Saturday, November 19, 2005


Speaking of Pelosi (and I try to do that as infrequently as possible) John Miller at NRO has done some very dirty work on our behalf. Even I am surprised how badly the minority leader writes fiction.

I'm reading John Galsworthy's Forsyte Saga these days. I'm not too far into yet to lay it aside and return to Gravity's Rainbow, which I had to put down for a bit just for sanity's sake. Although something of a wonder to his contemporaries, Galsworthy's reputation has steadily declined since his death in 1933. In my view, the decline is not entirely without justification.

Pynchon is something else, entirely. Prior to Gravity's Rainbow, I had only read Vineland, a book that, due to having read it during Mock Trial Nationals, I will forever associate with the great city of San Antonio. At the time of its release, there was much talk about Gravity's Rainbow being to the second half of the 20th Century as Joyce's Ulysses was to the first. That talk, it seems to me, was -- and remains -- terribly well-founded. It takes some time to pick up the rythym of Pynchon's prose, but it is a very worthwhile endeavor.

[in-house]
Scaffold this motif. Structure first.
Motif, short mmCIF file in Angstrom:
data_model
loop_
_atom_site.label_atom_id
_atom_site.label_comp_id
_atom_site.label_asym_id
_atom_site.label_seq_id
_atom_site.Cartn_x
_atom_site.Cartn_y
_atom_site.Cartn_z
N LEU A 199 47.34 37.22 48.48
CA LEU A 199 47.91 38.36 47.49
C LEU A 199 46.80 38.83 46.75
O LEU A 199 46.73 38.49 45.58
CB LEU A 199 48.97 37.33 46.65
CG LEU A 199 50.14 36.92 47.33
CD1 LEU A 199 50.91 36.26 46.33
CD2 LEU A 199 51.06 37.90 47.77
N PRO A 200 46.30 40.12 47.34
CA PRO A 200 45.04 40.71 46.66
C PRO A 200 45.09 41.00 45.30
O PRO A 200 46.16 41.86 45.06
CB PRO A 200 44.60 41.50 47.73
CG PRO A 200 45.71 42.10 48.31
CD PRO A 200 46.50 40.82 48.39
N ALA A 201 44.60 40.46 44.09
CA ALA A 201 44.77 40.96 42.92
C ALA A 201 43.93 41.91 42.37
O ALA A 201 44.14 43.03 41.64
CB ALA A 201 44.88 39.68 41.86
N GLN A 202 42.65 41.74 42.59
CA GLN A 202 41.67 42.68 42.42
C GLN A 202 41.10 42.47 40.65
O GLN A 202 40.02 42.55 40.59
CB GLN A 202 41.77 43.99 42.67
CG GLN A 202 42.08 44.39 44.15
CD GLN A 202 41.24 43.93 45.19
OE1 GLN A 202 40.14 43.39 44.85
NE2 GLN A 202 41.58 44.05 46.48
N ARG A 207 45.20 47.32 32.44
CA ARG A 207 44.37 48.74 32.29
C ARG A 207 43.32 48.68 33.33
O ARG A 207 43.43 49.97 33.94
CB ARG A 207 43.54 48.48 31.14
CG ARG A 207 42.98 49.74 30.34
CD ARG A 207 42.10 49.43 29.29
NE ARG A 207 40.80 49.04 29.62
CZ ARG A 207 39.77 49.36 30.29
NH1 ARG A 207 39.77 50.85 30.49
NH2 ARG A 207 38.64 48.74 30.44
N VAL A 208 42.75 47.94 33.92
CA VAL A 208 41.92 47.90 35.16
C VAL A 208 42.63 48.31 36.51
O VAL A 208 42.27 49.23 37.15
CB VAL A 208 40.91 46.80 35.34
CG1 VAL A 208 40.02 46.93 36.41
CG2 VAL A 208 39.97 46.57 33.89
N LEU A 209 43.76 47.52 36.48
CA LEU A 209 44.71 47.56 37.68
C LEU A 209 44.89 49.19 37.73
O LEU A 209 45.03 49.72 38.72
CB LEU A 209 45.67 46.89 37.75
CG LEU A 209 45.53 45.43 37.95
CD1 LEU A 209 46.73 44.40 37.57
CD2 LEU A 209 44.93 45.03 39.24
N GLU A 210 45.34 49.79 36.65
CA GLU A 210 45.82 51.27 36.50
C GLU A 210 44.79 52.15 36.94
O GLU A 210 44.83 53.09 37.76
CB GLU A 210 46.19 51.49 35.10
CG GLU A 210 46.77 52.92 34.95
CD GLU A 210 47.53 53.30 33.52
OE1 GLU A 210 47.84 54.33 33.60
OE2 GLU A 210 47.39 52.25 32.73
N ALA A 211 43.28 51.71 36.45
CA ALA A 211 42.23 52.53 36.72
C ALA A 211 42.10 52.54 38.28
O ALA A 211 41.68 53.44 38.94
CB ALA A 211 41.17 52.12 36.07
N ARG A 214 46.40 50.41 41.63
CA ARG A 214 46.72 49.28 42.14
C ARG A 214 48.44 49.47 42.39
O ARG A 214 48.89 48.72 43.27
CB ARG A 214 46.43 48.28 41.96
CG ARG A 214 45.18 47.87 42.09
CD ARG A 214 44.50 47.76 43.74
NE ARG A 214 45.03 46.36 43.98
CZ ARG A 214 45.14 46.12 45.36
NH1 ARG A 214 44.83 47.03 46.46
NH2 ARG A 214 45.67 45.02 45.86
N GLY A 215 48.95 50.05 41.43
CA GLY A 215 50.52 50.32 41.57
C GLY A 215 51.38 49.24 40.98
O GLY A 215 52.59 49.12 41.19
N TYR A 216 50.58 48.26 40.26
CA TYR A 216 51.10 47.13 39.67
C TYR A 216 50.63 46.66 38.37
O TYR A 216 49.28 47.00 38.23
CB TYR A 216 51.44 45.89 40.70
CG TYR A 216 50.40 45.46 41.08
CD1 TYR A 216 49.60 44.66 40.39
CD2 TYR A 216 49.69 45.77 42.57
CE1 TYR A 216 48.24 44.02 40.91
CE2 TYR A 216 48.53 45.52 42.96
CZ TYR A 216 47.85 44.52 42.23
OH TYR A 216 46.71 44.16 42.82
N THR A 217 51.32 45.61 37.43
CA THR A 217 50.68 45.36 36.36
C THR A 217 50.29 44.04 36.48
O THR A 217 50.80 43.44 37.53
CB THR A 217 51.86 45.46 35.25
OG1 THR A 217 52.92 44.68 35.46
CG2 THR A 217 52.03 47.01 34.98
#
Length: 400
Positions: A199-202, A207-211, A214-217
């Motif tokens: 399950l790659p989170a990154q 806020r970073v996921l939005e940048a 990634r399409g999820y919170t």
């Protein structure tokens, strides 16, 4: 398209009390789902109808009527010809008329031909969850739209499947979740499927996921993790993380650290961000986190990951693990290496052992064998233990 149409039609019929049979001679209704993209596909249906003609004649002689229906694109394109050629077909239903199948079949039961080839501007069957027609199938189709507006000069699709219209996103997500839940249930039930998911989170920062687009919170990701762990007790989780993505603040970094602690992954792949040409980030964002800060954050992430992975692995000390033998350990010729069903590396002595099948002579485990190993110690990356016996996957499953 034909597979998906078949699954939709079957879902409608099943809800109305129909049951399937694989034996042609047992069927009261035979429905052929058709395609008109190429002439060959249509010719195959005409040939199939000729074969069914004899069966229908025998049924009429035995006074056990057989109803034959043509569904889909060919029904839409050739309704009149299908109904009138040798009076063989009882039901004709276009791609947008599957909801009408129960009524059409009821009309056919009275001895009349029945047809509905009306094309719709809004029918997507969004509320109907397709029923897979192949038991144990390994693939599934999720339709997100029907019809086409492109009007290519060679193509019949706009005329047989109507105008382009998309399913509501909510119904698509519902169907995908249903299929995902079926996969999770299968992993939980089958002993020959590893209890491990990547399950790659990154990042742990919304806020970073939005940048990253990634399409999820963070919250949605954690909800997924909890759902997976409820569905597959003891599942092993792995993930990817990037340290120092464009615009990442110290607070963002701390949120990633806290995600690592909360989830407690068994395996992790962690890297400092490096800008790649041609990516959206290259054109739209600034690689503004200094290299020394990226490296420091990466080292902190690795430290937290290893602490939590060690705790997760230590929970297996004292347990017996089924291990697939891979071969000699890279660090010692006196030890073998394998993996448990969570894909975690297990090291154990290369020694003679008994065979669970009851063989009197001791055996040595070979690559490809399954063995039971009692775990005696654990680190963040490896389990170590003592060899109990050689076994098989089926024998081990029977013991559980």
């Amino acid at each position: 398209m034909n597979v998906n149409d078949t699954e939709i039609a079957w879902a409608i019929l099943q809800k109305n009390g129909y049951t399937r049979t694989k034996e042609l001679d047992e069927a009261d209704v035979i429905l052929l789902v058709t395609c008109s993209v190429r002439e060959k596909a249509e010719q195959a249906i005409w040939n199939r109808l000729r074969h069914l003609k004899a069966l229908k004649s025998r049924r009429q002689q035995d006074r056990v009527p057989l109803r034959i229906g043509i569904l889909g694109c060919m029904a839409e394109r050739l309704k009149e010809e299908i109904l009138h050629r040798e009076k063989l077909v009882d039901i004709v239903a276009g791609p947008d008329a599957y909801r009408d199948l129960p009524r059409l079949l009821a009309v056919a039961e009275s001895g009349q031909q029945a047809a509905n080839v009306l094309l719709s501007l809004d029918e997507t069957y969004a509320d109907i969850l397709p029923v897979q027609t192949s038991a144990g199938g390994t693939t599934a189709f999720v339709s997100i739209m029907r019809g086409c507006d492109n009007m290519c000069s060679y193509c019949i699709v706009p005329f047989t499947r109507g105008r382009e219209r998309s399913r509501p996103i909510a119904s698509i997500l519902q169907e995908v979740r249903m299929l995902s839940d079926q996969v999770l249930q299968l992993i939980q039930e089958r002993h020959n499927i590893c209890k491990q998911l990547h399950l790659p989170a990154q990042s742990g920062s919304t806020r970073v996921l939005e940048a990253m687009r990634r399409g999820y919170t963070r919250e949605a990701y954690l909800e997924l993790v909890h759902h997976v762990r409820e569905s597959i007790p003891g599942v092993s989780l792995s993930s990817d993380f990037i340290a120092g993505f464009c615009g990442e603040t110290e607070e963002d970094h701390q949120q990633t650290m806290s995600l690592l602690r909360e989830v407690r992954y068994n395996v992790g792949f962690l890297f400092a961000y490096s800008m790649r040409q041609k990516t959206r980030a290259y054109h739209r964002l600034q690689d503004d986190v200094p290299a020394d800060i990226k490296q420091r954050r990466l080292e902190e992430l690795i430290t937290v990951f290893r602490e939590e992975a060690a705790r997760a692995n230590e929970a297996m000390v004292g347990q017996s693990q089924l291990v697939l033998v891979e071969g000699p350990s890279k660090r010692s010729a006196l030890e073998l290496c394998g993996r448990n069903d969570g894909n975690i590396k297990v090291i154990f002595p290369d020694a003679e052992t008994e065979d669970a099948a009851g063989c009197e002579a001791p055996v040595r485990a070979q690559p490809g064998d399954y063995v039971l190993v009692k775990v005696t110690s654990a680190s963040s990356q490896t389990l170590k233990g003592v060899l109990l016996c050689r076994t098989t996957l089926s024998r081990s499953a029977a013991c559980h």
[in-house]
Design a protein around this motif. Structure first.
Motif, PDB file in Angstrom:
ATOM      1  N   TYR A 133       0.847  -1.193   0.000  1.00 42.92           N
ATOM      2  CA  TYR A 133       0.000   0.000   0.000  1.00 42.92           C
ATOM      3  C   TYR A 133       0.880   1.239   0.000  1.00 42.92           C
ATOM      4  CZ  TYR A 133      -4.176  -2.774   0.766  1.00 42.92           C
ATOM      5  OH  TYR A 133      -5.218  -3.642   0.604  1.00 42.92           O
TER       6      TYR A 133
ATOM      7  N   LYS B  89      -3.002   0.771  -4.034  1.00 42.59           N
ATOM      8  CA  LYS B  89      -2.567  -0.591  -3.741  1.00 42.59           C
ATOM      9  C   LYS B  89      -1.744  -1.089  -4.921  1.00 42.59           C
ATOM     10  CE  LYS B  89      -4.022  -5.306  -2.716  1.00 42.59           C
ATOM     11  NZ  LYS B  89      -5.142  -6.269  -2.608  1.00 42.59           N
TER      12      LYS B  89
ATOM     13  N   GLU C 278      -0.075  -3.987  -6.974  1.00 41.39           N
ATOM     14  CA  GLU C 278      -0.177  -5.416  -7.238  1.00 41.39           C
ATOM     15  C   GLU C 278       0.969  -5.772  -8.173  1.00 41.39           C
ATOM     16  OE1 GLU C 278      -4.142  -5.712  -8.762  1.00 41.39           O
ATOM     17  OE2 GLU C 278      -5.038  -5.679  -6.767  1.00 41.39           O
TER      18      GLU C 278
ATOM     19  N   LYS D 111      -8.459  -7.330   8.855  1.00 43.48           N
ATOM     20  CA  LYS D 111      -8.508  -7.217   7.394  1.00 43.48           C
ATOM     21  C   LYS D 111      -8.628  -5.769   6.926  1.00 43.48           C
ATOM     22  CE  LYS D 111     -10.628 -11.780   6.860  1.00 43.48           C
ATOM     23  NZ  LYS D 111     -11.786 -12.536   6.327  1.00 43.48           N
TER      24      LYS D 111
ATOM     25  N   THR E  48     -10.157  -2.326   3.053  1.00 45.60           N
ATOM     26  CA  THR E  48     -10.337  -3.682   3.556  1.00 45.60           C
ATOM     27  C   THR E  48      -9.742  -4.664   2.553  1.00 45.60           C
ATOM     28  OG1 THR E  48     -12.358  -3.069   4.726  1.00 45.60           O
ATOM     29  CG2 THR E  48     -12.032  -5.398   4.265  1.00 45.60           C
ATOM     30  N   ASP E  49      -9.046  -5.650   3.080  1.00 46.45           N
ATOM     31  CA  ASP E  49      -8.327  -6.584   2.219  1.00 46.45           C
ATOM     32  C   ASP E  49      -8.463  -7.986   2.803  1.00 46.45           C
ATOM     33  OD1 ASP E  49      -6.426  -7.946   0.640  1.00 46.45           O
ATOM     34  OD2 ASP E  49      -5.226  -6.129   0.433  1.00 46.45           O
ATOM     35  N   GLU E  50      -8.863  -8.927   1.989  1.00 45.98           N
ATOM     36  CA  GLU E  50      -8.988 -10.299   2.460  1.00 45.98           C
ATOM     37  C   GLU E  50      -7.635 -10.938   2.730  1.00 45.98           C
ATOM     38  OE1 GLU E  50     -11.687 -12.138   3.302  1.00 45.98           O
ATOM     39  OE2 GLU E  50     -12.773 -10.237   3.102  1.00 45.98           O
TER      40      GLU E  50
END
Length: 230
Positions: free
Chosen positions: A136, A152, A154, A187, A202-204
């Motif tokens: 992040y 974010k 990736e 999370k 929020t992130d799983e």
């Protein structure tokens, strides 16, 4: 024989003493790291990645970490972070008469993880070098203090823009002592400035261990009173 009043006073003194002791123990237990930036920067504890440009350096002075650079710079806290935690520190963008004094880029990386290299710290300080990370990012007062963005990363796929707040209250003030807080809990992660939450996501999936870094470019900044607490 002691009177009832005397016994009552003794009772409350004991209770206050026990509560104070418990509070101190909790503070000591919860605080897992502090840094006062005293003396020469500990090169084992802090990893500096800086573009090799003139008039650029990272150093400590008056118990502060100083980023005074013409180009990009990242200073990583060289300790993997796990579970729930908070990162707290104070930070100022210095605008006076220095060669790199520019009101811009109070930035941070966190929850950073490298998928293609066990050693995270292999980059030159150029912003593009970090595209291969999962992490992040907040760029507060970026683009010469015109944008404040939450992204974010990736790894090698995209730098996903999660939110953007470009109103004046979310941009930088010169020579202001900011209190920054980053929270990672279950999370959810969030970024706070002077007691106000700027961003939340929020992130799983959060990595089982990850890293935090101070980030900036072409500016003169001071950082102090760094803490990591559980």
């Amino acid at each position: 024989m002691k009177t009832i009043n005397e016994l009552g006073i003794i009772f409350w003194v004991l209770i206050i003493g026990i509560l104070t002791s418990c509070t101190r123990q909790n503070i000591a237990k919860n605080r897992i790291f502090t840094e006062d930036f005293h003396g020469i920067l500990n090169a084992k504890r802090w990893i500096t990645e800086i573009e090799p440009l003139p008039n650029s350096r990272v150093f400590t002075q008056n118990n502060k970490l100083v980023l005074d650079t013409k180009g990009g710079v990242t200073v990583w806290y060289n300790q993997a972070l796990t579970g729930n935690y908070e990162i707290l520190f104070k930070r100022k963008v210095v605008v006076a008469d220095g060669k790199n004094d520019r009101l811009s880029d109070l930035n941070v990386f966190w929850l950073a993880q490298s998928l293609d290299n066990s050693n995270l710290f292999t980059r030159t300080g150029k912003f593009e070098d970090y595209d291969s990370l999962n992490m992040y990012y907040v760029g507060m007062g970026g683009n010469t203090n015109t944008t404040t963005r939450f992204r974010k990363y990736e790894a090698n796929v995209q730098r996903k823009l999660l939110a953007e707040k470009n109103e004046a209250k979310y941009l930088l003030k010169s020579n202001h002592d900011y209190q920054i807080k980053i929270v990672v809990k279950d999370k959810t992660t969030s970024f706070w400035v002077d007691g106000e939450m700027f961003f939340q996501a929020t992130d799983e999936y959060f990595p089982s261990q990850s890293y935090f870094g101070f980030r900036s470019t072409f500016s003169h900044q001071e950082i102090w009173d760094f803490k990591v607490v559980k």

Also currently near the top of the to-read pile is Volokhonsky and Pevear's new translation of Dostoevsky's The Gambler (the two have previously done fabulous work with the Brothers K, Demons, C&P, The Idiot, Notes and The Adolescent), Neal Stephenson's Baroque Cycle, Dan Simmons's Illium, and Stephen King's Wastelands.

What am I most looking forward to, though, is Peter F. Hamilton's forthcoming Judas Unchained, which picks up where Pandora's Star left off. It's been all I can do to hold off ordering this from Amazon UK, where it was published in October. I don't read bunches of science fiction, but, back in July, Instapundit put me on the trail of Pandora's Star and I'm glad I gave it a chance.